What Happens When You Suffer a Private Injury on Private Property?
Generally speaking, personal injury law takes the same form whether the personal injury occurs on private or public property. However, some differences may apply if you suffer a personal injury on what amounts to “private property” within a store or restaurant. Hence, you should consult a Tucson car accident attorney if you have a private injury on private property.
Suppose the personal injury occurs within a private business, such as a store or restaurant. In that case, there can be complications when it comes to personal injury law that does not apply to personal injuries suffered on public property, which is because many states have “premises liability” laws that provide for greater personal injury protection based upon the status of the property when the personal injury occurs. The two major types of premises liability are “invitees” and “licensees.”
An invitee is someone who enters any property with the express or implied permission of the owner or occupant, such as a customer of a store. In contrast, a licensee enters land merely for personal convenience, not for business, for example, a neighbor who walks across another’s property to get home. Basic personal injury protection laws typically only apply to invitees.
Licensees are generally afforded less personal injury protection if injured on someone else’s property. For example, personal injuries suffered by licensees may not be covered under the personal injury protection portion of their own automobile insurance or personal injury protection coverage. The reason for this distinction is that licensees voluntarily take a risk by entering another’s property, and they are already covered under liability insurance laws.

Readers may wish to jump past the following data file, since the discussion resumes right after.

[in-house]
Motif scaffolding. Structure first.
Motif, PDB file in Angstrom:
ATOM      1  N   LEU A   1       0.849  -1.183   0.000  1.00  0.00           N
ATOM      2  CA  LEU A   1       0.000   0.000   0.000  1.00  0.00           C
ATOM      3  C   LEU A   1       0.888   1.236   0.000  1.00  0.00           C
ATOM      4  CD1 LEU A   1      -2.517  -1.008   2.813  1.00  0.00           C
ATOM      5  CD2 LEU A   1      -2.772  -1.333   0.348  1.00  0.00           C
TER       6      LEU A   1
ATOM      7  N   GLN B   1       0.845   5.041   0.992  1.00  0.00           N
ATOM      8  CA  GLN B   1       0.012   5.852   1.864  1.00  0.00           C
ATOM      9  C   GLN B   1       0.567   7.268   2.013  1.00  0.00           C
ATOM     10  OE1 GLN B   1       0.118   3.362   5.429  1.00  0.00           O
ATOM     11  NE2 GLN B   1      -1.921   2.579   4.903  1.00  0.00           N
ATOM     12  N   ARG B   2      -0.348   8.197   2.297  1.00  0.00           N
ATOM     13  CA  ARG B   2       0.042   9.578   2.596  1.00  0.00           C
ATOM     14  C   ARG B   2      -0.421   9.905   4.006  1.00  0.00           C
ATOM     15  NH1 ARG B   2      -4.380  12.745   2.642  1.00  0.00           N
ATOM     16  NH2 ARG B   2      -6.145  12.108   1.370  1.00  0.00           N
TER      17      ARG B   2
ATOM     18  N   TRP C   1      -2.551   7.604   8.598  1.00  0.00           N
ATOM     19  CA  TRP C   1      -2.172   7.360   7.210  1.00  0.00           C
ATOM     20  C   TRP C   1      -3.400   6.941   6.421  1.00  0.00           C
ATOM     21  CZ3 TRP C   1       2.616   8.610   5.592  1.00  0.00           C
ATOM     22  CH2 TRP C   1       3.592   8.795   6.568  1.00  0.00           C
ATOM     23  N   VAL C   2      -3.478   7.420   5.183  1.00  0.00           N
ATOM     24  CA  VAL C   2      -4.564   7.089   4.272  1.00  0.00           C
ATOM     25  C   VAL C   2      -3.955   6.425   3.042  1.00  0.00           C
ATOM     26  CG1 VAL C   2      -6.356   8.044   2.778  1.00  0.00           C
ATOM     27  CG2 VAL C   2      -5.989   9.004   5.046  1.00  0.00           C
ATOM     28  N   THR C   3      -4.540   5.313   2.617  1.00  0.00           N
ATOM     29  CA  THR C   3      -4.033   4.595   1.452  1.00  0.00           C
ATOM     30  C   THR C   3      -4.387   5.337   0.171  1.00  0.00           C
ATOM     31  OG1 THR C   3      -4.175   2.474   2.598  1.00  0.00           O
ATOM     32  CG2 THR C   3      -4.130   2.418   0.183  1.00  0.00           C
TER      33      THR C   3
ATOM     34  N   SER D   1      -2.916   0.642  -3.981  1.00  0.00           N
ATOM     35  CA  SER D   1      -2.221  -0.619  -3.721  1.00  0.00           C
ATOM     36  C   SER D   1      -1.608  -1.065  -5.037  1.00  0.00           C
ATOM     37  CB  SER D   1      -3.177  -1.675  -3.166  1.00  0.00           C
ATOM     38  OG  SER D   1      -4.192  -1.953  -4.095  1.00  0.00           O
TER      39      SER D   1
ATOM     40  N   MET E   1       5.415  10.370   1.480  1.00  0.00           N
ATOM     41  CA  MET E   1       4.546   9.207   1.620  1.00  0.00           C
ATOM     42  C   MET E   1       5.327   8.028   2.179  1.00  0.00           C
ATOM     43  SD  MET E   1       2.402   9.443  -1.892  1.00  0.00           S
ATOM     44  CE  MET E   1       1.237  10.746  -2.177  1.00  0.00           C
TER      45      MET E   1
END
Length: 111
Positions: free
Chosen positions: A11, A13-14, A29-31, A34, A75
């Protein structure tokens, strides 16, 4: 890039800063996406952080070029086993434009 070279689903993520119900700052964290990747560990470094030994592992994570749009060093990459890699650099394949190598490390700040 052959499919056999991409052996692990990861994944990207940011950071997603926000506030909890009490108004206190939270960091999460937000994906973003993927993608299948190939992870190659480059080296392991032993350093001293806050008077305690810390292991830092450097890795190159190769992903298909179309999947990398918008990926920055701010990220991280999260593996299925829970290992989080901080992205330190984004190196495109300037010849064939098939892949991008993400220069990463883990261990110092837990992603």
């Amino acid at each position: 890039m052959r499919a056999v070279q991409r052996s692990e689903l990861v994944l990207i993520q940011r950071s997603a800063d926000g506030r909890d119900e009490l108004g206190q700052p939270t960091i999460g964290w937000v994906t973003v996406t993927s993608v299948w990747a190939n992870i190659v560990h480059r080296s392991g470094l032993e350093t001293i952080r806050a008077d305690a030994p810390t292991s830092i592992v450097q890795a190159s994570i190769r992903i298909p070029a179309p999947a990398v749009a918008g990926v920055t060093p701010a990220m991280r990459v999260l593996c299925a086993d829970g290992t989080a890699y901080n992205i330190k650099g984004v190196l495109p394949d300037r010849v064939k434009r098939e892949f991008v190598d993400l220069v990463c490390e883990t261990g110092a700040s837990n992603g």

Types of Private Injury Lawsuits for Arizona Residents
The personal injury law in Arizona generally follows the same type of personal injury lawsuits as public personal injuries. There is a difference when personal injuries occur on private property, and personal injury is caused by another’s negligence (a careless action). To win a personal injury lawsuit for negligence or personal injury in Arizona, one must show:
- A duty of care owed by the defendant to the plaintiff existed
- The defendant breached that duty of care owed to the plaintiff
- The defendant’s breach of duty caused harm
- The personal injury caused actual damages one can define in dollars and cents
In a personal injury lawsuit for negligence or personal injury, a person injured on private property may still be able to recover money from another negligent person if the personal injuries occurred because of a defect in the property, such as a faulty step on an outdoor staircase.
Just because personal injuries occur on private property may not mean that personal injury protection laws do not apply to your situation if you suffer personal injuries, which can make it challenging to get coverage for your medical bills and other personal expenses after the personal injury occurs. Even personal injuries sustained by licensees may be covered under personal injury protection insurance. Consult a personal injury attorney for any specific personal injury law questions.